The disease is characterized by premature wear and tear of the articular cartilage. Cartilage is the resilient, resilient structure that covers the bone ends to allow them to move. In cases of osteoarthritis, the cartilage cracks, it crumbles and eventually disappears; consequently, the two bony ends, which meet in the joint, rub against each other and become deformed; the synovial membrane which lines the inside of the joint becomes thicker, synovial fluid is lacking. In short, the system loses its lubricant.
And since the joints are used for movement, it becomes difficult to move and move around. The body stiffens, mobility causes pain, especially in the morning when waking up, sometimes with some forms of bone crunching.
The disease often affects the knees, hips, shoulders, hands and spine. But it is especially the cervical vertebrae that are prone to osteoarthritis because of the great strain on the neck on a daily basis and also because of the weight of the head. In 75% cases of osteoarthritis, the cervical spine is affected.
Arthritis is a particular osteoarthritis located in the cervicals. It causes pain that can sometimes go down to the arms. If nothing is done to take care of this pathology, it can lead to complications.
Osteoarthritis, localized in the shoulder, causes chronic pain, physical stiffness and can even cause functional impotence.
Certain factors predispose to the disease: age, of course, but also sex, women are more often affected than men and heredity. Among the risk factors, the practice of too intense sporting activities such as football, judo or boxing should be singled out. There is also the practice of classical dance which exposes the hips. The trades of mason, farmer and mover also increase the risk of osteoarthritis.
And then there is overweight which increases the mechanical stress exerted on the joints, particularly that of the knee: a weight loss of 10% can reduce by more than 28% the handicap of an obese person suffering from osteoarthritis of the knee. Losing a few kg is enough to reduce pain and improve functional recovery.
You can't cure osteoarthritis, but you can prevent the disease
No treatment has yet really been proven to slow down the degradation of cartilage or regenerate it. Research is working on the subject, in particular using stem cells. But so far, it's just relieving the symptoms of osteoarthritis, such as pain and stiffness.
Drug treatments, such as paracetamol analgesics and anti-inflammatory drugs, can be administered. You can inject corticosteroids, you can use patches or gels. Sometimes we are forced to dop certain patients to place them a hip or knee prosthesis.
Side natural remedies, one can resort to herbal medicine, using in particular nettle which is a natural anti-inflammatory, blackcurrant leaves, horsetail, mountain larnica. Or even wintergreen essential oil, or devil's claw. Physiotherapy can also be used to help regain some mobility in the joint affected by osteoarthritis.
Without forgetting to take care of the diet: everyone knows, for example, that turmeric is good for the joints. A diet rich in omega-3, copper, vitamin C and E and antioxidant trace elements nourishes the tissues of the joints and therefore helps protect them. Sufficient 1.5 L should be drunk as dehydration is a major cause of mechanical inflammatory pain.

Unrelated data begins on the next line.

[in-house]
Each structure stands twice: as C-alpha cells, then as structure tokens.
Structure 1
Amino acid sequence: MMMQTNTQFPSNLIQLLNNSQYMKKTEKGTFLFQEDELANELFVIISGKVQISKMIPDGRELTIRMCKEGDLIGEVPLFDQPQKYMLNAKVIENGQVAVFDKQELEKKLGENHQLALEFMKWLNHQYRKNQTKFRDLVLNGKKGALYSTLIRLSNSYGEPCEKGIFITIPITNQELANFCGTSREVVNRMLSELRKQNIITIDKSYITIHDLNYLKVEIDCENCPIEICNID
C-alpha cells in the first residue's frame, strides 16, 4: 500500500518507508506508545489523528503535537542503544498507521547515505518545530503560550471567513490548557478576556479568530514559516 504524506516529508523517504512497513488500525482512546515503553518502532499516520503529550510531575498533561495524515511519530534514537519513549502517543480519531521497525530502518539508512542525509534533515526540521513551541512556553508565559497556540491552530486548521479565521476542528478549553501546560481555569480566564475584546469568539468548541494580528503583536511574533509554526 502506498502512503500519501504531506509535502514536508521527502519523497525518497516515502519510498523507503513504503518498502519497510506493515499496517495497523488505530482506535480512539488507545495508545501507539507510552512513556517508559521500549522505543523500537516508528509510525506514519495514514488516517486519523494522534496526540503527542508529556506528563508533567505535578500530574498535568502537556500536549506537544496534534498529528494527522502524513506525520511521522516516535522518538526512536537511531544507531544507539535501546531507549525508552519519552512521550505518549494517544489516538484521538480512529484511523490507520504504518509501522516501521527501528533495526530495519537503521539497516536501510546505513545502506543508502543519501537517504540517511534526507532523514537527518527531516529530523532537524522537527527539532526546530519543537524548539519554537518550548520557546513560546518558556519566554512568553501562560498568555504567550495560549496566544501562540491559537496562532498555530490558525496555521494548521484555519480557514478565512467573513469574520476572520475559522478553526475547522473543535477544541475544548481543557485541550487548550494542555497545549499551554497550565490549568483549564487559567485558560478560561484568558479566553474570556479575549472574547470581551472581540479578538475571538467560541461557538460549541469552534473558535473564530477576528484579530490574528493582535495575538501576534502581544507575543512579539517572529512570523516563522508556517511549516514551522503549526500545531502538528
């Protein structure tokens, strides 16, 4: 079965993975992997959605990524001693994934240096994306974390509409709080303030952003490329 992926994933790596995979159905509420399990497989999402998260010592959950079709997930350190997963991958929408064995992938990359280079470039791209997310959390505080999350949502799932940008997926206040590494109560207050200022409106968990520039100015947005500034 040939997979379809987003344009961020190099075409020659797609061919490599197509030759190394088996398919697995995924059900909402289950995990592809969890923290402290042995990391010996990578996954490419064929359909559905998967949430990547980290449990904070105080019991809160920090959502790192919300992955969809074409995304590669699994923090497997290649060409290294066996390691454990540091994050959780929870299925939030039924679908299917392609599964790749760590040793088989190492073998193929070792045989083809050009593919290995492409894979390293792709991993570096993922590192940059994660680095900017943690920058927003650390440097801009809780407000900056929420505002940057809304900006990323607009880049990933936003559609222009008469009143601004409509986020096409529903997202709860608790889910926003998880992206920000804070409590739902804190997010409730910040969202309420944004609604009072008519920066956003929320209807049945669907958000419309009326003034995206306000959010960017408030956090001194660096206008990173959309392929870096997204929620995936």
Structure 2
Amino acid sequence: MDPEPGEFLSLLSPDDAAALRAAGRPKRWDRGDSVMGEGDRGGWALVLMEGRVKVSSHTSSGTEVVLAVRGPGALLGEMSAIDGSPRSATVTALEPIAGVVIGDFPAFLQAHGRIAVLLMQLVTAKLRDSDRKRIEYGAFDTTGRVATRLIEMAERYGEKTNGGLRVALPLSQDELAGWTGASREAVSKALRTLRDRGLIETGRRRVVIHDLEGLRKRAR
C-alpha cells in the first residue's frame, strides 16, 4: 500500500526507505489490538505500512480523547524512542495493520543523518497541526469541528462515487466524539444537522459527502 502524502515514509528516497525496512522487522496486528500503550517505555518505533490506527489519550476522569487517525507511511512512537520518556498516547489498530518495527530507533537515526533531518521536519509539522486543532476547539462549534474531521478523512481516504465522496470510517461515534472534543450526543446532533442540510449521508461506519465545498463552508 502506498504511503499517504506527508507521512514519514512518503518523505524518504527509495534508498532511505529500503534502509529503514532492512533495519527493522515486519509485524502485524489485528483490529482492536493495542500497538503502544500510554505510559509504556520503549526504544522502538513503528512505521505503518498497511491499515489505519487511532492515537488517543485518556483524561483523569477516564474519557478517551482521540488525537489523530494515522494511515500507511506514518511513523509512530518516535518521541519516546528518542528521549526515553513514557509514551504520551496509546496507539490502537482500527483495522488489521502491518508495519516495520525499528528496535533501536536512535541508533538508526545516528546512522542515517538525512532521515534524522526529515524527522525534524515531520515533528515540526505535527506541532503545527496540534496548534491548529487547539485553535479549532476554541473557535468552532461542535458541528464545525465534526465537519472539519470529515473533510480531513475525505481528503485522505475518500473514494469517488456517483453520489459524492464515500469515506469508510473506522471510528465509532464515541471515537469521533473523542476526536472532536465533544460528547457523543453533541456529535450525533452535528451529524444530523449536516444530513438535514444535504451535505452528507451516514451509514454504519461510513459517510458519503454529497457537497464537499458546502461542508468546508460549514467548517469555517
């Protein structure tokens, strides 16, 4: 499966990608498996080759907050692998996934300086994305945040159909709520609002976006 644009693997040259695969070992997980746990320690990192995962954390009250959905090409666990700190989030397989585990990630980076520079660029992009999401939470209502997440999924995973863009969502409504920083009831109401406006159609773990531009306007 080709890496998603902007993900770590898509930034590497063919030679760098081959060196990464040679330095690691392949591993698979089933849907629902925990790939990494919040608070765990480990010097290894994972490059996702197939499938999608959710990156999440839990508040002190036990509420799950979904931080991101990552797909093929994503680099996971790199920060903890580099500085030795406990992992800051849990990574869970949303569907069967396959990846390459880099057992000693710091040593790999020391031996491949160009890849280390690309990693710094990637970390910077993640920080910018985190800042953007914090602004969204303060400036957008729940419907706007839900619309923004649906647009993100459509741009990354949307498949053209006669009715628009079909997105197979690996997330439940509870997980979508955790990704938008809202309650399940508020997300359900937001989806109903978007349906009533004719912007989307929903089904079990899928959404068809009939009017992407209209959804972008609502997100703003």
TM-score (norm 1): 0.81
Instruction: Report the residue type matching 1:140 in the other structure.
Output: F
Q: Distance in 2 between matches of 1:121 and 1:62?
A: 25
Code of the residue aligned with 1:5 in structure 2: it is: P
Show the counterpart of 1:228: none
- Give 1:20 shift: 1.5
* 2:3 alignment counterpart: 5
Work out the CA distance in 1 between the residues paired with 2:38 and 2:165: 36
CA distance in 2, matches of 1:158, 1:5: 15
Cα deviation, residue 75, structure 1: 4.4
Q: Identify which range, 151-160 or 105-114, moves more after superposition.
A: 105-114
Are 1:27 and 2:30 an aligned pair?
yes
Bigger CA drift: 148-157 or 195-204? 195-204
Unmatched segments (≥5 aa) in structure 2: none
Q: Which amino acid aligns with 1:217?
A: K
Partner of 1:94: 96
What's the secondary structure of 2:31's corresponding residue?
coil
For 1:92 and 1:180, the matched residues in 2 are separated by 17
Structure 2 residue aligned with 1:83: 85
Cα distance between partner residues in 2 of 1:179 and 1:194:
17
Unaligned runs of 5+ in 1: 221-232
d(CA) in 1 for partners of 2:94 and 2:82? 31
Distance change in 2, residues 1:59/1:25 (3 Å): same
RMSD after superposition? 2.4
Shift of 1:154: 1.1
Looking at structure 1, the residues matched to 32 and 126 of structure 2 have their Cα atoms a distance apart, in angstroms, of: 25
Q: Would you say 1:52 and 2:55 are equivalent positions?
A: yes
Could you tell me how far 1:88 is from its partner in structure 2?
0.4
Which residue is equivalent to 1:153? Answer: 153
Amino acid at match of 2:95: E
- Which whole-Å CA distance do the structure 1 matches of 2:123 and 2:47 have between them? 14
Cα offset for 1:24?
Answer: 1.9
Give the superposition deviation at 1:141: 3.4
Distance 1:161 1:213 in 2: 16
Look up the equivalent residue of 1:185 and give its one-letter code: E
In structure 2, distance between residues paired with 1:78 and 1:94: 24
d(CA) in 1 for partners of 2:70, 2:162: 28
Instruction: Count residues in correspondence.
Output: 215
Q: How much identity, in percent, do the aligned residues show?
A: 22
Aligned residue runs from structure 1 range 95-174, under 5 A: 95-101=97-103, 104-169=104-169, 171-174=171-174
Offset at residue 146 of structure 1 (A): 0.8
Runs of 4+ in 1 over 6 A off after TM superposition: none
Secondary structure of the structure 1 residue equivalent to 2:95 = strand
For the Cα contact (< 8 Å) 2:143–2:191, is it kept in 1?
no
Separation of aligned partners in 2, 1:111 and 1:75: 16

As the popular saying goes: Prevention is better than cure.
A tip to avoid seizing your joints: do not remain seated, without moving, because the immobility stiffens the body. The less you move, the more the joints weaken and become unstable, with degradation of the cartilage as a result. Because the lack of physical activity decreases the blood supply to the muscles and reduces the oxygenation of the cartilage. To give yourself movement is to activate your metabolism, stimulate your blood circulation and the production of synovial fluid.
Walking, cycling and swimming are the most recommended endurance activities, to be practiced at least twice a week.
Many exercises can also be done at home to improve joint function and help them withstand stress better, by strengthening the muscles around them. See in particular the article by Cervi-Care on Yoga. And the accessories that will help you gently practice stretching your muscles, spine, neck etc. Stretching your muscles strengthens them and protects your joints.
But the most important thing to avoid is to take bad postures. Working hunched over at a desk in front of a computer, for example, tenses the muscles of the back and neck, or even the shoulder, causing damage to the affected joints. It is essential to relax these muscles and allow them to regain their flexibility. Maintenance of spinal and joint mechanics is essential. Cervi-Care accessories, such as the cervical relaxation hammock for example, will help you do this.
Sedentary lifestyle, incorrect work positions, fatigue are all factors that aggravate muscle tension. What put the joints to the test and risk causing degeneration of the cartilage, therefore osteoarthritis.
You should also know that the consequences of bad posture are aggravated by the cold, because the muscles are doubly traumatized. They risk becoming blocked, as in the case of stiff neck or lumbago, for example. It is therefore especially necessary to take care of your body during the winter. Adopt good postures with your back straight, head held high, avoid certain gestures or habits such as wearing high heels which promote osteoarthritis of the knee. And keep the joints warm, even if it means taking a good bath after outdoor exercises.
It is urgent to change our attitude towards the disease
Joint pathologies are not inevitable. Let us maintain our good health through a life program which respects our body and its needs in terms of rest, nutrition, oxygenation and relaxation.
On Cervi-Care, you can find products that can relieve your pathology, for example arthritis, by doing a search.
Do not deprive yourself of what will help you achieve this goal!